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Then it was hooking up the High Pressure Hoses from the Accumulator (Bomb), Fluid Reservoir, Steering Gear Box, and the Cooling Lines. The Accumulator and one of the lines went in a while back as well as the Cooling Lines. A certain amount of the hoses went in previously also:
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One or two of the High Pressure Lines were new from BMW but I bought three that Antony (buzzbomb) had remade with new hoses and crimped ends with some recycled fittings. I couldn’t control the process otherwise I would have had the fittings and hard pipes re-plated to match the orginals. But these look well made so I’m not complaining. Besides, they will likely be a damned sight better than the 30 year old leaking versions they replaced.
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I also completed the installation of the Hydraulic Fluid Cooling loop by installing the hard pipe loop in the front nose. The hardest part of the whole procedure was connecting the loop and the two hard return and supply pipes that are bolted to the frame rail together with small sections of hoses. The two lengths of 12x18mm hose are only about 2” long but it is a bit of challenge getting them on there with the hose clamps while crammed up against the front nose frame.
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(Sorry, thought I had photos of the Cooler loop in the nose; I will take a few pics of it next weekend showing those blessed little hose sections)

With that done I went ahead and closed up a few loose ends namely the Brake Fluid Reservoir and Oil Filter Housing. I wasn’t planning on installing the latter, but I kind of had to in order to figure out the alignment of the High Pressure Supply Line to the PSP. I will save hooking up the Oil Cooler Lines to the Oil Filter Head until after the Alternator goes in.
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ABS PUMP REBUILD:
With all that done, I returned reassembling the ABS Pump that I had left half done so I could get the Engine and Transmission installed. So I had all the parts cleaned and a few items re-plated. Turns out they could not re-plate the pump body itself; the plating process involves flowing the zinc coating through all the openings to get to all the surfaces. Since the two halves of the pump body of are sealed with small channels through them, they wouldn’t be able to do the plating process correctly. So my compromise was to clean the pump body and seal it.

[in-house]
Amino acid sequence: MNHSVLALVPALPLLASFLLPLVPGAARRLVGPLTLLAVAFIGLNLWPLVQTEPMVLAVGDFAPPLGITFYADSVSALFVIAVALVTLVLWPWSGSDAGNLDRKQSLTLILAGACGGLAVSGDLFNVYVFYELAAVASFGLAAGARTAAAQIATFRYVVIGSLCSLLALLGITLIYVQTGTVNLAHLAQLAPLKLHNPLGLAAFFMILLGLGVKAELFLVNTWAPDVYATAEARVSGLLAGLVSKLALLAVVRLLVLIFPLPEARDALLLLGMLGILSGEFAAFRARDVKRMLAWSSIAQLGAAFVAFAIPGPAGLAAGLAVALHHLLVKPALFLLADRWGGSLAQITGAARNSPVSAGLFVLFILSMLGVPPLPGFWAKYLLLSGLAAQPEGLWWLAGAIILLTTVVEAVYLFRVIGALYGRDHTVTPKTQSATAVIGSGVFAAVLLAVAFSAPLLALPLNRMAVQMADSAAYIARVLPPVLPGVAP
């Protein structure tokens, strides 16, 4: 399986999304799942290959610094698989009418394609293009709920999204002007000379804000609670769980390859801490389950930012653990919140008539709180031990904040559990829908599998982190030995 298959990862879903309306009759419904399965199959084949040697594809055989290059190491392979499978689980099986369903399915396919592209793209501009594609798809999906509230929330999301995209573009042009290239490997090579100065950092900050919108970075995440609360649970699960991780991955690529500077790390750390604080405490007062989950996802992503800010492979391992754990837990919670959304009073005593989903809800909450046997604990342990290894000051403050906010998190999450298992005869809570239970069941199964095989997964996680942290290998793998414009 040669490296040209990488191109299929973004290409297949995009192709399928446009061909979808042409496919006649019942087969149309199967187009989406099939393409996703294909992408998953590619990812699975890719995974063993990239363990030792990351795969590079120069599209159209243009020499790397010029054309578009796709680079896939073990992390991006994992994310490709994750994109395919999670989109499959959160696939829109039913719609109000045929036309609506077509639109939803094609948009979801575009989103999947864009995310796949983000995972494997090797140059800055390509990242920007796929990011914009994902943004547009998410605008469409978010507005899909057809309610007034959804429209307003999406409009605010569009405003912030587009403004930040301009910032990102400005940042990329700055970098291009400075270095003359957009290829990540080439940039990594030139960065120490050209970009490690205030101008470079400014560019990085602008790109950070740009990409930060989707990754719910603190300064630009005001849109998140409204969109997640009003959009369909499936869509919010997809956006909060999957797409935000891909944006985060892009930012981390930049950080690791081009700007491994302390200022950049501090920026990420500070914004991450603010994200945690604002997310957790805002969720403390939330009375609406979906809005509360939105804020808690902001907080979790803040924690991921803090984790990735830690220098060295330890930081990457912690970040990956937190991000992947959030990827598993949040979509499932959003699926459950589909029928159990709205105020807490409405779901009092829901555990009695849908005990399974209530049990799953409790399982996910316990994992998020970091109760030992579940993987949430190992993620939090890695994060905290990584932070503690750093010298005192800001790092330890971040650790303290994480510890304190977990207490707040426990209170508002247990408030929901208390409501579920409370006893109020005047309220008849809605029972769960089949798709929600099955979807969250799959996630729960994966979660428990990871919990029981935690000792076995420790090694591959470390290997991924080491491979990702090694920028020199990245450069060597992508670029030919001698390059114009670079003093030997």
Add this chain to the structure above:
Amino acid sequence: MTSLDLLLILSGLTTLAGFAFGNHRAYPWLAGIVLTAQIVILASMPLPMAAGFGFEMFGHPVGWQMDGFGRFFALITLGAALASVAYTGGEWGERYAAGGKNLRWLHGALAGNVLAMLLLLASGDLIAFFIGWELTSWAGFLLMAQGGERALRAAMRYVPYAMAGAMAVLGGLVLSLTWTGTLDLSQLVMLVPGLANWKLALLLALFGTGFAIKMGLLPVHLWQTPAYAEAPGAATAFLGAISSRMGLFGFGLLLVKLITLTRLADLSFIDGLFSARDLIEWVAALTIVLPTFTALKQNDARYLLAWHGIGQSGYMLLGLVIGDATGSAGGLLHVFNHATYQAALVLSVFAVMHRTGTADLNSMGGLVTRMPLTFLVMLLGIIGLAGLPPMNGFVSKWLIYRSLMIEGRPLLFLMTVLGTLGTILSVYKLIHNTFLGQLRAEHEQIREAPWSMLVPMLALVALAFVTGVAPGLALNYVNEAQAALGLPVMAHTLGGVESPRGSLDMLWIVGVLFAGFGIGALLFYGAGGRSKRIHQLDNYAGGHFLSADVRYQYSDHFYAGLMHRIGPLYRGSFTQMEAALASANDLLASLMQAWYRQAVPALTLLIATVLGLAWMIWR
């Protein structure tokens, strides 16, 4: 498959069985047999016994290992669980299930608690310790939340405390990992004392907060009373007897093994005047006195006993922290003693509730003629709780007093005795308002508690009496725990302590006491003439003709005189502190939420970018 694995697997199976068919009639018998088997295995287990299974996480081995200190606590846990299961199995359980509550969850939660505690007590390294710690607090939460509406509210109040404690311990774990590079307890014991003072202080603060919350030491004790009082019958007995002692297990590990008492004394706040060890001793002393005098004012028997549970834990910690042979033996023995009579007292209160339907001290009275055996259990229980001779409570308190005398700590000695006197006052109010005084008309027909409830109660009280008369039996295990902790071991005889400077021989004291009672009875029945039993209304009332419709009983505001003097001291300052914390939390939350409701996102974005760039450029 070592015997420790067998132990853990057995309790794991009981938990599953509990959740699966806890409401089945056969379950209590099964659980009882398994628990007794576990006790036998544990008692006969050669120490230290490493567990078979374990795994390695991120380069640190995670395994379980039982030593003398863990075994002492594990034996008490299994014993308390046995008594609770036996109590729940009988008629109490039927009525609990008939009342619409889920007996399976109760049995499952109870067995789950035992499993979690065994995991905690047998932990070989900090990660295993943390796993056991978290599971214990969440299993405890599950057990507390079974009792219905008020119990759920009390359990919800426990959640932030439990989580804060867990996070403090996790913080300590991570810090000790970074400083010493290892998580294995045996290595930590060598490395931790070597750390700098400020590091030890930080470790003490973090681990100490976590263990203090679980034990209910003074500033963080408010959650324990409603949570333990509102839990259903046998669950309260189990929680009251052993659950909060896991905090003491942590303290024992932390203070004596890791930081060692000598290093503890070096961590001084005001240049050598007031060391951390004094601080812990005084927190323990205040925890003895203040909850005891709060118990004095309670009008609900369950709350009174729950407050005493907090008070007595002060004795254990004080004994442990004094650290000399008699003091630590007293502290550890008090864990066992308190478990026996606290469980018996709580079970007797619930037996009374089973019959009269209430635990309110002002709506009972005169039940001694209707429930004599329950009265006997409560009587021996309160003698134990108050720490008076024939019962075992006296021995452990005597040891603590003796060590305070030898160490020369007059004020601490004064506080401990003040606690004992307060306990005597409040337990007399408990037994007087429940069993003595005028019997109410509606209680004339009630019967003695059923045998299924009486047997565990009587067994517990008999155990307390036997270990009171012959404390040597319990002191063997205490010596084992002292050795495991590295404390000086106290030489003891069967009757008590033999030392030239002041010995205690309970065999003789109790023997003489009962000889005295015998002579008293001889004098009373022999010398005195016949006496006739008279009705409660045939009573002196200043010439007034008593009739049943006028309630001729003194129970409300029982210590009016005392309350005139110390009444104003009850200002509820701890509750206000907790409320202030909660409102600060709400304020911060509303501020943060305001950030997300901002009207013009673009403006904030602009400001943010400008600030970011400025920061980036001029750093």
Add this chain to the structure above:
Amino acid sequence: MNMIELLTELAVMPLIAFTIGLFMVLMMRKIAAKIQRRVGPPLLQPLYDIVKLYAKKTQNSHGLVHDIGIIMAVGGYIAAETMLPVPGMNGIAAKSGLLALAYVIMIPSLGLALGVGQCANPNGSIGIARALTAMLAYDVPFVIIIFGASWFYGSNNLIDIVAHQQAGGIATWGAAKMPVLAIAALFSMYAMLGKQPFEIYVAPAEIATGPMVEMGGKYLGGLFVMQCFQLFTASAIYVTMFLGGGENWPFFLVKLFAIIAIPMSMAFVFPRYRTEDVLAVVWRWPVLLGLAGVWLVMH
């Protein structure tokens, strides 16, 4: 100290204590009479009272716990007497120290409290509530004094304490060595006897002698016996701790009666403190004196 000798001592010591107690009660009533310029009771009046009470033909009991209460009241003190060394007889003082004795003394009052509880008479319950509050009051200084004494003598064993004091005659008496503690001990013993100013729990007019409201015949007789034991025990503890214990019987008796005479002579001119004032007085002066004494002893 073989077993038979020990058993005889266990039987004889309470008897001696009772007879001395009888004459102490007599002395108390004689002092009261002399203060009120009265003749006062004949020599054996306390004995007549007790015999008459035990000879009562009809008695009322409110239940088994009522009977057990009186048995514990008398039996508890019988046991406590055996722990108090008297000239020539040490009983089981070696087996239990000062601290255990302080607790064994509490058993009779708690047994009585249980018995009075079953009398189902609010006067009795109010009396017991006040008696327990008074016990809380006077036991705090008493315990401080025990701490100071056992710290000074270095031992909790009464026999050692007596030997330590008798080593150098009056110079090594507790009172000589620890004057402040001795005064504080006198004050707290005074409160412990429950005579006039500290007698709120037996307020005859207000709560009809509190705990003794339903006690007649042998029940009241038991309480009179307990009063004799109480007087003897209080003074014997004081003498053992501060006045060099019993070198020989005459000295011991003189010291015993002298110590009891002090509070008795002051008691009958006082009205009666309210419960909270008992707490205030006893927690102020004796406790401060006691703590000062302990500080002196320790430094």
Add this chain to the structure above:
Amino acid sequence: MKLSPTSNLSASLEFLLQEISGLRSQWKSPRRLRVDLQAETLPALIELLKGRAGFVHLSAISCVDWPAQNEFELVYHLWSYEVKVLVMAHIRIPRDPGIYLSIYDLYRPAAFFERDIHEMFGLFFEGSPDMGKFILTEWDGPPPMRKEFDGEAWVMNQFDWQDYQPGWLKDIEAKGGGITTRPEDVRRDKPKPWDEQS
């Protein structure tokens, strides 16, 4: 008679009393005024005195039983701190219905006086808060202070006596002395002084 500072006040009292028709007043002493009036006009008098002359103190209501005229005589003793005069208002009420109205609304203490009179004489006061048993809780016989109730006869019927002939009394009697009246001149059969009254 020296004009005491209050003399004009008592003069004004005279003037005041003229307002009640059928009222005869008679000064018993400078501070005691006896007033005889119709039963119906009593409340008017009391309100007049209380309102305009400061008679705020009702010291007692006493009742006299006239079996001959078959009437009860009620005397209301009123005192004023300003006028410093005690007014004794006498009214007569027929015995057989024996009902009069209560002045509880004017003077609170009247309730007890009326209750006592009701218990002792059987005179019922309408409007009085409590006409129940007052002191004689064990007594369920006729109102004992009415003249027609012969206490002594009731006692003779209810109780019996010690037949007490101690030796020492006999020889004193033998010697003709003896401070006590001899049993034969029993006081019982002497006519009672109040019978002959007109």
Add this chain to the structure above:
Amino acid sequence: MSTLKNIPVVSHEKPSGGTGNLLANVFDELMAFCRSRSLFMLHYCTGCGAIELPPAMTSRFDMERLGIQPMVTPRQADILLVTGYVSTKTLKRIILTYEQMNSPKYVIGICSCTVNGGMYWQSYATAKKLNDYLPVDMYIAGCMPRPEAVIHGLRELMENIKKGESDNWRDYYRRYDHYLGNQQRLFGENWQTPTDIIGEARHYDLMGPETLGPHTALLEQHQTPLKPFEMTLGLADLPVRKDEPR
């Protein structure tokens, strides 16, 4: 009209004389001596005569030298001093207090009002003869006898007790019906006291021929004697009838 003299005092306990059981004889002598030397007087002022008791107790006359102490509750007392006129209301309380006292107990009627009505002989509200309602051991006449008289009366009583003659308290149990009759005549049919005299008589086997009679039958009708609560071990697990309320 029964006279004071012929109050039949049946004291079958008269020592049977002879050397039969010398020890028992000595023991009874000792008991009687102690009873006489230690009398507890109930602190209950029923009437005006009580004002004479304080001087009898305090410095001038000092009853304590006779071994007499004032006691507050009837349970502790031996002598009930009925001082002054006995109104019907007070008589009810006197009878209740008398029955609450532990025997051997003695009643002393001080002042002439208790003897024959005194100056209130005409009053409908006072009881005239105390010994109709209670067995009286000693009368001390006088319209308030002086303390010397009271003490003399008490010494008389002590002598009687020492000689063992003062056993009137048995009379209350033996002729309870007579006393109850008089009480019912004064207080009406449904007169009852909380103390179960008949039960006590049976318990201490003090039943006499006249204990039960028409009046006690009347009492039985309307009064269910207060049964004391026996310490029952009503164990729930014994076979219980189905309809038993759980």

Reassembly was a simple reverse process of the tear-down:
First reassemble each of the four pistons:
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Next install the really small O-rings into the top half of the pump. It is a good idea to place in the white plastic rings at the same time. Then press the pistons down into the holes through the O-rings:
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And don't forget the O-Ring gaskets on on the other half of the pump body:
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Set that aside and focus on getting the pump cylinder installed back into the pump body. Remember that small spring loaded piston and ball bearing that pumps up inside the shaft opening?
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Now it was time to find a way to depress that little cylinder; turns out it is under quite a bit of pressure from the two springs. The cylinder has to be completely depressed in order to get the pump shaft into the hole. After some experimentation, I came up with modifying this piece of copper pipe by cutting the end into spiked tip and flattening and bending the tip:
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It took a bit but it worked. Kind of needed a third hand at times, but I eventually slipped the pump shaft down past the cylinder. (Okay it took several attempts where that little cylinder popped out and I had to chase the spring and ball bearing across the bench). To keep from losing your progress once you get them together, quickly install the two long case screws through the pump and into the pump body to lock them together:
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Then take the lower half of the pump body, flip it over and slip to the two pump body halves together. Careful to keep the pistons aligned and in place, press them together while making sure the wires are clear the case bolt holes. Install the six case screws with Loctite and tighten them down.
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Now install the band clamp around the pump cylinder to connect the electrical Fuse Block and pump together. I had to employ C-clamp to squeeze the connector on the end of the band clamp into the Fuse Block (you could use another set of hands to do the same thing if available). Remember to feed the red power wire up through the back slot in the Fuse Block.
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Now you are done with reassembly and ready to install it back into the Engine Bay:
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Set the ABS Pump into the front fender well, secure it down to mounting points and start reconnecting the Brake Lines back into the pump. This time I was sure not to cross-thread the lines:
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BRAKE SYSTEM: